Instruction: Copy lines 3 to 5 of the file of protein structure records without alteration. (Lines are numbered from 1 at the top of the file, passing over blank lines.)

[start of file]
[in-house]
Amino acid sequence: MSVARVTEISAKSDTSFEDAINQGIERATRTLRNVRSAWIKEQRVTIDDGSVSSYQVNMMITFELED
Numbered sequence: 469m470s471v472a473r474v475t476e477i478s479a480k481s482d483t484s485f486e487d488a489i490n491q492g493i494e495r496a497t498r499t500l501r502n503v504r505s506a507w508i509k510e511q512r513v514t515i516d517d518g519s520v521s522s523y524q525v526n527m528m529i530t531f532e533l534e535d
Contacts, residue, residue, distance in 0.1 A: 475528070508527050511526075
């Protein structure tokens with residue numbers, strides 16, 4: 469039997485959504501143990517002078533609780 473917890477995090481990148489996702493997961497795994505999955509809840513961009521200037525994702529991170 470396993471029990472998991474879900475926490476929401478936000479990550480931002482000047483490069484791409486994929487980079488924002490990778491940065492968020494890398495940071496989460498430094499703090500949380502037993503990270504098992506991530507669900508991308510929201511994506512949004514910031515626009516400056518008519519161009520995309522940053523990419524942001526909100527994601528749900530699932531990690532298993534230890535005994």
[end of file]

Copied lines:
Numbered sequence: 469m470s471v472a473r474v475t476e477i478s479a480k481s482d483t484s485f486e487d488a489i490n491q492g493i494e495r496a497t498r499t500l501r502n503v504r505s506a507w508i509k510e511q512r513v514t515i516d517d518g519s520v521s522s523y524q525v526n527m528m529i530t531f532e533l534e535d
Contacts, residue, residue, distance in 0.1 A: 475528070508527050511526075
């Protein structure tokens with residue numbers, strides 16, 4: 469039997485959504501143990517002078533609780 473917890477995090481990148489996702493997961497795994505999955509809840513961009521200037525994702529991170 470396993471029990472998991474879900475926490476929401478936000479990550480931002482000047483490069484791409486994929487980079488924002490990778491940065492968020494890398495940071496989460498430094499703090500949380502037993503990270504098992506991530507669900508991308510929201511994506512949004514910031515626009516400056518008519519161009520995309522940053523990419524942001526909100527994601528749900530699932531990690532298993534230890535005994």